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ERIC Number: ED526886
Record Type: Non-Journal
Publication Date: 2009
Pages: 125
Abstractor: As Provided
Reference Count: N/A
ISBN: ISBN-978-1-1242-0053-8
Title I Public School Transfer May Potentially Harm Schools' Performance Ratings
Freeman Willis, Viola Lorie
ProQuest LLC, Ed.D. Dissertation, South Carolina State University
The Title I public school transfer option has sparked many debates among educators. Although there are numerous studies that reveal mobility can hurt student performance, the federal No Child Left Behind (NCLB) law urges parents to move their children out of low performing Title I schools. Some school officials may not realize the implications the NCLB transfer option may potentially have on their schools' overall performance rating. The current federal NCLB Act of 2001 offers parents with children in failing Title I schools two options: transfer their child to another school in the district that has not been identified as needing improvement or enroll the child in supplementary educational services (SES), such as tutoring, remediation, or other academic instruction (Kim & Sunderman, 2004). Title I parents seeking more suitable school choice options for their children may have a difficult time comprehending why their schools are labeled failing when other schools with similar characteristics are not failing. Nationally, an extremely small percentage of students take advantage of the NCLB Title I transfer option. These students who opt to transfer may need additional resources that will help them close the achievement gap. The county used in this research has an astronomical number of transfer requests, but the NCLB transfer take precedence over all transfers being granted. Each year the transfer process becomes more complex and confusing because several non-Title I parents feel that they should also be entitled to the same option to remove their child out of an undesirable school, which is viable. This study provides descriptive, disaggregated by subgroups data on composition of NCLB transfer students. The South Carolina High School Assessment Program (HSAP) test results identified the level in which each student performed. The students HSAP data was collected and compiled in the appendix. By comparing the NCLB transfer students HSAP scores to the non-transfers in their receiving schools, it is clear that NCLB transfer students negatively affects the school's accountability rating. The mean scores of the students who are the subject population of the research were compared to that of the non-transfer students. The non-transfer population means scores were slightly higher than the entire subject population. The non-transfer student scores were compare to the NCLB transfer students mean scores to determine if there were significant differences in English Language Arts (ELA) and mathematics scores. The research revealed that there were differences ranging from 9 to 21 lower points in transfer students means scores compared to the non-transfers. However, the significant differences were apparent in the entire independent sample t test with only one exception. In 2007-08 the ELA p value was 0.069. The study identified the significant difference between interaction effects of ELA and mathematics scores of subgroups that exercise the NCLB transfer and non-transfers. Socioeconomic status was the only subgroup that had an interaction effect. Race, gender, limited English proficiency, and special education did not have an interaction effect. School officials can use this data to determine what programs adjustments are needed, if any, to improve their school's accountability rating and will close the achievement gap before the 2013-2014 deadline. [The dissertation citations contained here are published with the permission of ProQuest LLC. Further reproduction is prohibited without permission. Copies of dissertations may be obtained by Telephone (800) 1-800-521-0600. Web page:]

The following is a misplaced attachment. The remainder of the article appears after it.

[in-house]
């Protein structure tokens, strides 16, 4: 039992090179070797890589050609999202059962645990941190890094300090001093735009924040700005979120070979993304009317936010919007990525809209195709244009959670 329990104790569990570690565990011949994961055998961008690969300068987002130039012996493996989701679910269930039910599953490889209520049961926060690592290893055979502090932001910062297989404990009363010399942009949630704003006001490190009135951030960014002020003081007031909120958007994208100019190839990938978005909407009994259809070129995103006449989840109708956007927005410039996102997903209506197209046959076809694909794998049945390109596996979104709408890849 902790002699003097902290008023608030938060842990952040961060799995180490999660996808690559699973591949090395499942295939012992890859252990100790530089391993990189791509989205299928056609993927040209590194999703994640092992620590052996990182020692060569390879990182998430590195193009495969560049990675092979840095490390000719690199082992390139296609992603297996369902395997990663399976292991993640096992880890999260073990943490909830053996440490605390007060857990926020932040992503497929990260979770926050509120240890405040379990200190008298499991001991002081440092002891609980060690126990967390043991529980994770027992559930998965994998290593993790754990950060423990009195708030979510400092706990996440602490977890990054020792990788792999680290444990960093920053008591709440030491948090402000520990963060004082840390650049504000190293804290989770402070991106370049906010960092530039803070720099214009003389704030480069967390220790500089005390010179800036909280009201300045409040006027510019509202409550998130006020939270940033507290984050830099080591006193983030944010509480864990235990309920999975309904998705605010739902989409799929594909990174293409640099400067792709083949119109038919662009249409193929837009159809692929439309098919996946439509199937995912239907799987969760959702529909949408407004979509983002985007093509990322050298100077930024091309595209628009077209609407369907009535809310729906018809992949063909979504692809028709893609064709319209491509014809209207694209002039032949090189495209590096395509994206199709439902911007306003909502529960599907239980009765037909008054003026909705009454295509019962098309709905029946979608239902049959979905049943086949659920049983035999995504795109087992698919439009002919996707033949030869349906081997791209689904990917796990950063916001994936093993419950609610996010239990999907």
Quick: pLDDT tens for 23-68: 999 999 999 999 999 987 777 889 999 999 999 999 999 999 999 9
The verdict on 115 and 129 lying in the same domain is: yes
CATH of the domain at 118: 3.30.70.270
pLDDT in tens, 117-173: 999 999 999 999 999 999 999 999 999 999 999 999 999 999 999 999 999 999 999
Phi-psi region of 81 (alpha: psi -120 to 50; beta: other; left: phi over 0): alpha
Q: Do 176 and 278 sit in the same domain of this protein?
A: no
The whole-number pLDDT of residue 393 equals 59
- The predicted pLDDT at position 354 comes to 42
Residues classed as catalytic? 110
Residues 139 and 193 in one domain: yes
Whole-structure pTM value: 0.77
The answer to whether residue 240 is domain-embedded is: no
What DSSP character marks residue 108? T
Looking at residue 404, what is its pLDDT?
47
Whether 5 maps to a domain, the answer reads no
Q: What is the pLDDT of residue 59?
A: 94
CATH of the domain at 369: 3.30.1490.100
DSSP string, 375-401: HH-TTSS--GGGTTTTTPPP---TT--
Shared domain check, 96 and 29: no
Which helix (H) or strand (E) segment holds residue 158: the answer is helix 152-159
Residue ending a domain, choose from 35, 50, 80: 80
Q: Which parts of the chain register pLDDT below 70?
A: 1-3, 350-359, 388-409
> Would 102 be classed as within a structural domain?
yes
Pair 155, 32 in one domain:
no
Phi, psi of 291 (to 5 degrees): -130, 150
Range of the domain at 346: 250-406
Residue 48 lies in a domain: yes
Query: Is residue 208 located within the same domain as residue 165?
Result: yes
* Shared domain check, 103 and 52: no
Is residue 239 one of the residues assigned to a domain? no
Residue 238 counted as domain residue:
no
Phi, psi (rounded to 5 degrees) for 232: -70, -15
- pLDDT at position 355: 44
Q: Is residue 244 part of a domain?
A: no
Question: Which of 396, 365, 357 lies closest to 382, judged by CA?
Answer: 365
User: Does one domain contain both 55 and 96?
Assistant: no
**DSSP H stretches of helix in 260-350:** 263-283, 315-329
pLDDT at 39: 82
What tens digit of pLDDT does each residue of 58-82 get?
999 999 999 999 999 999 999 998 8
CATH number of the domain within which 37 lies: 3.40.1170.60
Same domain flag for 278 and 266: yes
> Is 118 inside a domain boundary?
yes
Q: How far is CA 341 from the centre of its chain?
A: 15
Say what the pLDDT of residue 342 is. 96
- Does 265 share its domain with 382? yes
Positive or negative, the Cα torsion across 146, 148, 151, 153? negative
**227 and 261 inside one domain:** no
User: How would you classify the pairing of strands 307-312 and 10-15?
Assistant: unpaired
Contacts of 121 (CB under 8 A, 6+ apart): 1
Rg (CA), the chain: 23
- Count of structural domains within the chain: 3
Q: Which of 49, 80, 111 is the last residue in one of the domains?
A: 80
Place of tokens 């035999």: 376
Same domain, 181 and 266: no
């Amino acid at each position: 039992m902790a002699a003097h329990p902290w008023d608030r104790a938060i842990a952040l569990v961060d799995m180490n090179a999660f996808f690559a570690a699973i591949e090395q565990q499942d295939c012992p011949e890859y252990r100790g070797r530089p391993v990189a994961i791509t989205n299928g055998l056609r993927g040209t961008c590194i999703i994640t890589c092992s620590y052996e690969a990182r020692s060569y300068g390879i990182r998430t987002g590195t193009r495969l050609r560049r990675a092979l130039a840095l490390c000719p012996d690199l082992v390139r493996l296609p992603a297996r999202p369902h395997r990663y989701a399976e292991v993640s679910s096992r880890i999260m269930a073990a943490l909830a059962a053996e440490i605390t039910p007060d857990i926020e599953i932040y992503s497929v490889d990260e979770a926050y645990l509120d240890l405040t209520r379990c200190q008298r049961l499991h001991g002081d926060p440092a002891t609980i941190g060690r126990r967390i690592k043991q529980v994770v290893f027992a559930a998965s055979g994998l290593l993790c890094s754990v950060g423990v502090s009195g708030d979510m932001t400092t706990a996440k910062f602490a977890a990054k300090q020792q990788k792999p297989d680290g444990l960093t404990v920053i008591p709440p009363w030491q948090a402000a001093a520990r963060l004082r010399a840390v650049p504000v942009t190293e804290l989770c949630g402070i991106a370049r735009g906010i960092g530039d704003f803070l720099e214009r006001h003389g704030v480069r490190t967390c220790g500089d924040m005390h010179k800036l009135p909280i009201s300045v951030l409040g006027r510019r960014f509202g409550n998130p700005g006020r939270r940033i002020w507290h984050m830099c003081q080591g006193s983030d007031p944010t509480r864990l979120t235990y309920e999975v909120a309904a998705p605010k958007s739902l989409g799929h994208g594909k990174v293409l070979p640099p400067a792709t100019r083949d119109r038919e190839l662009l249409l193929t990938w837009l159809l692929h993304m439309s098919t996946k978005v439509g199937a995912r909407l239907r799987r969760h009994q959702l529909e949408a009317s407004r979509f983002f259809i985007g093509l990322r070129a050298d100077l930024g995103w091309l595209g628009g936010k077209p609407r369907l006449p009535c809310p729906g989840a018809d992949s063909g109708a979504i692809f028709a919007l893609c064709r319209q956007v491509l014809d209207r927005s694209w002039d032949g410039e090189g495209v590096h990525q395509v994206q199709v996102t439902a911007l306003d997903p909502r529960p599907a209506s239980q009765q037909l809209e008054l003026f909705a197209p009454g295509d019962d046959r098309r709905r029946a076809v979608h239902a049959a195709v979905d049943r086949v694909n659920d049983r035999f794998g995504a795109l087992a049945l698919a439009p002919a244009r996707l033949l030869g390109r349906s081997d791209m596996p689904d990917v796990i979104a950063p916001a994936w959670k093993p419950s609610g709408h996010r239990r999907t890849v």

ProQuest LLC. 789 East Eisenhower Parkway, P.O. Box 1346, Ann Arbor, MI 48106. Tel: 800-521-0600; Web site:
Publication Type: Dissertations/Theses - Doctoral Dissertations
Education Level: Elementary Secondary Education
Audience: N/A
Language: English
Sponsor: N/A
Authoring Institution: N/A
Identifiers - Laws, Policies, & Programs: No Child Left Behind Act 2001